A book that I translated earlier this year has just been released in English as an e-book. I thought the subject matter might be of interest to some Ferretbrainers: it's the true story of a refugee who flees to Europe, and his experiences along the way (especially in "Fortress Europe"). Especially topical at the moment after the UK Conservatives sank to a new low recently and cut funding for migrant rescue operations in the Mediterranean. I can definitely recommend it (and I'm not getting royalties, so my motives are pure!).
at 15:16 on 05-11-2014, Arthur B
I dunno, I think it can work if you slip in the name of someone diametrically opposed to the position Hitler is advocating in the meme in question too, so the Gamergate one worked nicely by working in Chris Kluwe there and my Conan-themed one slipped in Joss Whedon.
at 15:04 on 05-11-2014, Axiomatic
On the subject of Downfall parodies, I'm always vaguely disappointed when the parody doesn't somehow manage to work in Stalin into the subtitles when Hitler says "Shtalin".
at 10:28 on 05-11-2014, Arthur B
In the meantime...I believe there's something of mine that's been waiting patiently since late October?

Will check in with editor; didn't push it earlier because I didn't want your article to be shoved off the front page by my horror posts too quickly.
at 05:53 on 05-11-2014, Michal
PSA: Downfall is an excellent film and y'all should watch it you haven't already.
at 05:47 on 05-11-2014, Alasdair Czyrnyj
Funny you guys should mention Downfall, considering I just finished writing something about video game Nazis.

I just spent two days and about 4,800 words writing about video game Nazis. What is wrong with me.

I'll get it uploaded in a few days; need to let it sit before revision. In the meantime...I believe there's something of mine that's been waiting patiently since late October?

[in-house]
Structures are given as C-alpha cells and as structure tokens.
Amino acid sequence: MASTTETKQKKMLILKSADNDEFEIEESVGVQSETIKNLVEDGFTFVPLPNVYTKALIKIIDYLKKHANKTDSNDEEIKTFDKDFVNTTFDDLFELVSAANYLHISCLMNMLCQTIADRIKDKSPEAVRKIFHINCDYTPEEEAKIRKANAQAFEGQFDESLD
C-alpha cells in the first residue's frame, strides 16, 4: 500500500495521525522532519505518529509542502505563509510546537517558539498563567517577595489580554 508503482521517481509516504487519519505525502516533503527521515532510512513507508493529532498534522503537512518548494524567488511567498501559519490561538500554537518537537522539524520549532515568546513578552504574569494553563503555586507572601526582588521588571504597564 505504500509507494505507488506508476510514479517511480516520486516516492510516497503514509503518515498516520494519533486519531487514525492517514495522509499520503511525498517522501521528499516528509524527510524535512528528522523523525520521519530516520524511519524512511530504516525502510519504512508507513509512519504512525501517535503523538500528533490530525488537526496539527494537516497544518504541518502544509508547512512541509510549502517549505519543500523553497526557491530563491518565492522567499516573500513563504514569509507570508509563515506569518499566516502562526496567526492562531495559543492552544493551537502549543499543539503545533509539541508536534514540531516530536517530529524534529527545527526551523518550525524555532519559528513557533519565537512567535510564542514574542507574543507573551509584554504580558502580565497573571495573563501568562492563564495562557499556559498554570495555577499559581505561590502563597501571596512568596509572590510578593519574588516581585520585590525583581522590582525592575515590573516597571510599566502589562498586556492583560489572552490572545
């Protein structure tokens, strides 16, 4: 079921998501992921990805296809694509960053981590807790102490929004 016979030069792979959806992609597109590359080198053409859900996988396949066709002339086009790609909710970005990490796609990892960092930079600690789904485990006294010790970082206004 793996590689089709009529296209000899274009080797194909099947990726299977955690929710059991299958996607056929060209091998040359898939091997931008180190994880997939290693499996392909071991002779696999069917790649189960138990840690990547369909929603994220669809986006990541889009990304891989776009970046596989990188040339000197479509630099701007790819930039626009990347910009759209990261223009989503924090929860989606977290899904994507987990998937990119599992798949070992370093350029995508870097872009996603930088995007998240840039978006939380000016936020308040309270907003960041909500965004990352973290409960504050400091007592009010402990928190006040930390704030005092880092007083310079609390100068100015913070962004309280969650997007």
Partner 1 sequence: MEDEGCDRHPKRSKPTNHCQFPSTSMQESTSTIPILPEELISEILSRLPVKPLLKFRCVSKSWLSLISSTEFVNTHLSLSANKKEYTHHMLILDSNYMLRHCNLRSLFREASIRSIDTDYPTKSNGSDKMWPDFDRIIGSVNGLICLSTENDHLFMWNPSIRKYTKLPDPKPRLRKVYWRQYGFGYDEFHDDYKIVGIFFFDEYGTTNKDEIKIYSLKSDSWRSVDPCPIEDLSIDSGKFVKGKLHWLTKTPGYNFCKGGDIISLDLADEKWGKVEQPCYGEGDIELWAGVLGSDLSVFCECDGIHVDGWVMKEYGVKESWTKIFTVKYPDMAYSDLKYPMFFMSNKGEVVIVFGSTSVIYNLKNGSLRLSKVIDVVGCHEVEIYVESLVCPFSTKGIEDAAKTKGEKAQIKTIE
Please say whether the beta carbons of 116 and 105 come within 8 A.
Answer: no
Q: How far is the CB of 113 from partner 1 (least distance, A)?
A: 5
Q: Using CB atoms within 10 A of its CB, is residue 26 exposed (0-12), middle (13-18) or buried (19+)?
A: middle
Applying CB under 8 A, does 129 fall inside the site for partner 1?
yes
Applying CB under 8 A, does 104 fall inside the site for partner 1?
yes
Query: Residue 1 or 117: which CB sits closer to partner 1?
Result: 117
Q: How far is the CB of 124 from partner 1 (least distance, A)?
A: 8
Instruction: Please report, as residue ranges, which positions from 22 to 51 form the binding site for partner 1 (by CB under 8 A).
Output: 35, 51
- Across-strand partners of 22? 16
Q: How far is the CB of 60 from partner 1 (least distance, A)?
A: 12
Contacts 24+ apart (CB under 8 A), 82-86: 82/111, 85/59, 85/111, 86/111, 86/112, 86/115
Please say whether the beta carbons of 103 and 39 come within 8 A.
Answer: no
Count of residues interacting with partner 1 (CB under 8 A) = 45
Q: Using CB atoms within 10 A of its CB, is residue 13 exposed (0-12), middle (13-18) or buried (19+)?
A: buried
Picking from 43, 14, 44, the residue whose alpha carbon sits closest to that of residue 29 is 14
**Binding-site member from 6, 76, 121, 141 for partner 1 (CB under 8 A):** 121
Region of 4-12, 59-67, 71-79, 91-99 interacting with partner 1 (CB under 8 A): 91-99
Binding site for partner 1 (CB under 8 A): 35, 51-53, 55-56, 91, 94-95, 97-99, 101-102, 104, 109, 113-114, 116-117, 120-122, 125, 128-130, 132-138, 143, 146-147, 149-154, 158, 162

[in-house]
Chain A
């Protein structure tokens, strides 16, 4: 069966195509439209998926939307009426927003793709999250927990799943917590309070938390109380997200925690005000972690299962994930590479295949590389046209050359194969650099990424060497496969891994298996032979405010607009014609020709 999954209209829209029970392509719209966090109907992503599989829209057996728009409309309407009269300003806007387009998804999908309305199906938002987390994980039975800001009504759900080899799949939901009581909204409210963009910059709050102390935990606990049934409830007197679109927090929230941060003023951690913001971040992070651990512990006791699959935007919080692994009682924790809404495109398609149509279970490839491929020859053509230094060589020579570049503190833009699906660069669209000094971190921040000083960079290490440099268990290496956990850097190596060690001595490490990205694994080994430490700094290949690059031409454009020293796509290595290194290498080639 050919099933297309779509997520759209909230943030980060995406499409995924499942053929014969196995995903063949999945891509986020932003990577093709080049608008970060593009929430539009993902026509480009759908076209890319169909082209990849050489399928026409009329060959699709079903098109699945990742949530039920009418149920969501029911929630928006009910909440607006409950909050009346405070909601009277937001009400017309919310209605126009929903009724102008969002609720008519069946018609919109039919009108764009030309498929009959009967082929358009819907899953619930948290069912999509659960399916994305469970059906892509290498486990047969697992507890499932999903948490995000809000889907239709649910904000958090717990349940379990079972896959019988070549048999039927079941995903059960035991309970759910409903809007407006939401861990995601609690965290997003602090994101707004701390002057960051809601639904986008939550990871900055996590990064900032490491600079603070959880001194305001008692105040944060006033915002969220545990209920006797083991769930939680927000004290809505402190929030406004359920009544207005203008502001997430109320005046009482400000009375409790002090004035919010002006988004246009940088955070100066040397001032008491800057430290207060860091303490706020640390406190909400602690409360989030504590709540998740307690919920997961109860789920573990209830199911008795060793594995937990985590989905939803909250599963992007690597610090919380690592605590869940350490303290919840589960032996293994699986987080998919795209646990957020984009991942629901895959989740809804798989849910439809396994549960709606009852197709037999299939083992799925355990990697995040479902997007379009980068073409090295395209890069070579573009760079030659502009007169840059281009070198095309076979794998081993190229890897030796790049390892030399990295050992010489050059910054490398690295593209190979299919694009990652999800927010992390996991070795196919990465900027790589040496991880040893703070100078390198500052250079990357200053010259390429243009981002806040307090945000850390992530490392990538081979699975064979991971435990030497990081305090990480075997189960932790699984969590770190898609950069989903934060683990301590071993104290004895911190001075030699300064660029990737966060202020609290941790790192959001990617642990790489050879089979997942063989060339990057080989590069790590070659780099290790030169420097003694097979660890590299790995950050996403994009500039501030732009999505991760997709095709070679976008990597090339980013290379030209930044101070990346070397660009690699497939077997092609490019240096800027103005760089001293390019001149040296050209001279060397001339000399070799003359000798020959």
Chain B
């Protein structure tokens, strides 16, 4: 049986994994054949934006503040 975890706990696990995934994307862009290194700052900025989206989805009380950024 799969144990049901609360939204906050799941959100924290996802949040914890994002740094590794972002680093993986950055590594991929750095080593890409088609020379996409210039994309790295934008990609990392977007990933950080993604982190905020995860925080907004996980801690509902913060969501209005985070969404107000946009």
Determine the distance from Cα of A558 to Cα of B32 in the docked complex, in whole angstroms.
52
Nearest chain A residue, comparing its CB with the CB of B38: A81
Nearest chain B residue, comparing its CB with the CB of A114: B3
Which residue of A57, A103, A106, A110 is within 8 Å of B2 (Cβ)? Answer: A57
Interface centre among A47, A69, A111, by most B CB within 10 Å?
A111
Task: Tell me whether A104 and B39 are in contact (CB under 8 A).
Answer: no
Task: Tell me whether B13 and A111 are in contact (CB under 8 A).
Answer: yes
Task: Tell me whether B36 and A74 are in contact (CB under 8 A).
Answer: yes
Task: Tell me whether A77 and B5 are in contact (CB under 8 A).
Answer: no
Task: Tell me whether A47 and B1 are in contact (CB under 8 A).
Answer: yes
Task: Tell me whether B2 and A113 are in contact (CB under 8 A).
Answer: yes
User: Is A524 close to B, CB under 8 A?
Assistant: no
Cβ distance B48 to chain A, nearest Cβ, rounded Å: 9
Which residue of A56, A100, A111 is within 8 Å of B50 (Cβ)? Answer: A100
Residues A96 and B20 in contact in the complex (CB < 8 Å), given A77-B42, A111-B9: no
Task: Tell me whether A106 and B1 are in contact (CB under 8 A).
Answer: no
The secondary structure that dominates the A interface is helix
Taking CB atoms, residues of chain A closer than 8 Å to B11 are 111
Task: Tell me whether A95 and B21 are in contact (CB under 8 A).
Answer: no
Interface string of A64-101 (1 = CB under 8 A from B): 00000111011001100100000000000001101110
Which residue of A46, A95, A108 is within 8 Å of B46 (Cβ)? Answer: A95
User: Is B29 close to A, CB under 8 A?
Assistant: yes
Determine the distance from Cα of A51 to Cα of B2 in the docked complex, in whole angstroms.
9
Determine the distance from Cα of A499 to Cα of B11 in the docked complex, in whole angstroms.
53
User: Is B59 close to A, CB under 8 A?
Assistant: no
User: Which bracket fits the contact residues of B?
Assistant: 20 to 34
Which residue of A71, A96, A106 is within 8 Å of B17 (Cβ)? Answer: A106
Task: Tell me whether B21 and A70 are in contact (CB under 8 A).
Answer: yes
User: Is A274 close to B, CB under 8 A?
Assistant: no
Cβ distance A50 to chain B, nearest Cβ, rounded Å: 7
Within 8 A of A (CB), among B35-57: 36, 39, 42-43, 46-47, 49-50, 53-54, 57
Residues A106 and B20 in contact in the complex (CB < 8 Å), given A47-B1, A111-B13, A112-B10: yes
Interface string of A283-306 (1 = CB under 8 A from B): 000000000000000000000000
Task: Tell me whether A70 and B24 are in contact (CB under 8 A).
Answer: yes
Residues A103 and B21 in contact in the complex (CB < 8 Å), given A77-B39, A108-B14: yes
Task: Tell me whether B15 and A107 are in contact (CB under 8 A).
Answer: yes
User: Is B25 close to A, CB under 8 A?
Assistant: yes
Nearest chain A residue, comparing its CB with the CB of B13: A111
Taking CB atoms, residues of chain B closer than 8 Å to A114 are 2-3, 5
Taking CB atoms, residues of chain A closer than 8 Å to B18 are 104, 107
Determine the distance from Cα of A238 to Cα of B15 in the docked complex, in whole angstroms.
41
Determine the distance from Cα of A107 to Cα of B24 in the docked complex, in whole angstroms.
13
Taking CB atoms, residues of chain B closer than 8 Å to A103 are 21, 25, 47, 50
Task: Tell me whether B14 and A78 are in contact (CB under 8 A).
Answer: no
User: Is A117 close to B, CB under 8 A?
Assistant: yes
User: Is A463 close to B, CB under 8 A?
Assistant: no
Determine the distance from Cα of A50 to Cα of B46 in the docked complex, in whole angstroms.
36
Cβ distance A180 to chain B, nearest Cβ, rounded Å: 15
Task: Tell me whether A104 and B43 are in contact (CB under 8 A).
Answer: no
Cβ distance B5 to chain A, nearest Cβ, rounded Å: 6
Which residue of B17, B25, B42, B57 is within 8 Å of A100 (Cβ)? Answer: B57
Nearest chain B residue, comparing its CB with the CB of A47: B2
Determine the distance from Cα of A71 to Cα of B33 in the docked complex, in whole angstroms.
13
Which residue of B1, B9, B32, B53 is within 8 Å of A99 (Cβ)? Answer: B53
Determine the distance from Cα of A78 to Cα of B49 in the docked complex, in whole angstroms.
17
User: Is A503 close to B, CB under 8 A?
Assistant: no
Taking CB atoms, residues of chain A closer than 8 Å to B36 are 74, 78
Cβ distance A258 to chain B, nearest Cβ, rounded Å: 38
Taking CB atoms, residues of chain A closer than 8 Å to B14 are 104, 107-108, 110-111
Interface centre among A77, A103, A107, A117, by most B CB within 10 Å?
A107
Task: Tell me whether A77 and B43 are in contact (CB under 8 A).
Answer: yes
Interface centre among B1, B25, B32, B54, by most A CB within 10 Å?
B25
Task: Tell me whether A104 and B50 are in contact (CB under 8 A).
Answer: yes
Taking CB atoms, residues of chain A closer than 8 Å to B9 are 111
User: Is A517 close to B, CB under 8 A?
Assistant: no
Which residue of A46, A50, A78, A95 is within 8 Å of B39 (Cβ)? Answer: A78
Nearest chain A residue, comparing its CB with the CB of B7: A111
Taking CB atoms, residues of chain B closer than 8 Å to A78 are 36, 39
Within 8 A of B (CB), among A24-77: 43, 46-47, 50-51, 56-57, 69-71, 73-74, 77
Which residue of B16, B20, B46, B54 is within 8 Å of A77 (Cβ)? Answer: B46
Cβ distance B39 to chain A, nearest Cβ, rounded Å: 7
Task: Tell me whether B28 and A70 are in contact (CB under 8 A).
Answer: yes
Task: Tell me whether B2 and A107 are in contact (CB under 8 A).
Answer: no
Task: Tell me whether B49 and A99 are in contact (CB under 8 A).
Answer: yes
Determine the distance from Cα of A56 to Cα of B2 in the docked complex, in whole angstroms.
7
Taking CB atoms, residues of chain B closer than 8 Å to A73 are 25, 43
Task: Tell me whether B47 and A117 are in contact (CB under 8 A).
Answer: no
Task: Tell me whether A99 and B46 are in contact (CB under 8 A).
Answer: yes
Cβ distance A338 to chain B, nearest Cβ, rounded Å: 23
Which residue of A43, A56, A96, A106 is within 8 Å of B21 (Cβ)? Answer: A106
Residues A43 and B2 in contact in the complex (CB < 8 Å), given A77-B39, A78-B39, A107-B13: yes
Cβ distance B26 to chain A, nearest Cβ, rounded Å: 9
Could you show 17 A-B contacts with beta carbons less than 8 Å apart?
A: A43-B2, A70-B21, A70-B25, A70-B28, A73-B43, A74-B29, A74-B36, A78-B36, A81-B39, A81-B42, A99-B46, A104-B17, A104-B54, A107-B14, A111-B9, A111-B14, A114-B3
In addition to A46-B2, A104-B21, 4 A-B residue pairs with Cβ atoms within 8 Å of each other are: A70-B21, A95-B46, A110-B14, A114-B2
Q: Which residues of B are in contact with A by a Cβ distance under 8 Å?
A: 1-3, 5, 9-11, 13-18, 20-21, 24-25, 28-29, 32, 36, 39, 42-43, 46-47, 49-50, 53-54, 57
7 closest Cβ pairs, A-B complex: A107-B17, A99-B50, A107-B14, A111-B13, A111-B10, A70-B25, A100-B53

at 00:36 on 04-11-2014, Robinson L
Masterful indeed; I know the whole point of the exercise is to make the subtitles appear to fit with the action of the scene, but I think the re-mixer here did a particularly good job of it.

I've seen comments singling out the "Just use a male avatar; he'll leave you alone," line; and I agree that was particularly on point.

The final line, though you can see it coming a mile away, is also so perfect that the video literally could not have ended with anything else.

I think my favorite part, though, is more style than substance: the line "Fucking Feminazis" is particularly hilarious considering the source material for the video, and it comes at a time when the camera is on a young officer next to him nervously adjusting his uniform.
at 23:45 on 02-11-2014, Arthur B permalink
at 09:35 on 30-10-2014, Janne Kirjasniemi
I didn't mean to say that anyhting should be PR for health facilities, since definitely there is still much to criticize in it. But the thing is, like Cheriola put it, that the story is usually told from the point of view of the neurotypical person and the whole thing treated as a horrible ordeal amongst the raving lunatics. There is a certain stigma in mental illness, although there are positive examples as well. And quite often the real patients are treated as freaks, rather than as afflicted people. It's those kinds of things as well as giving the idea that psychiatry today is just the same as it was fifty years ago.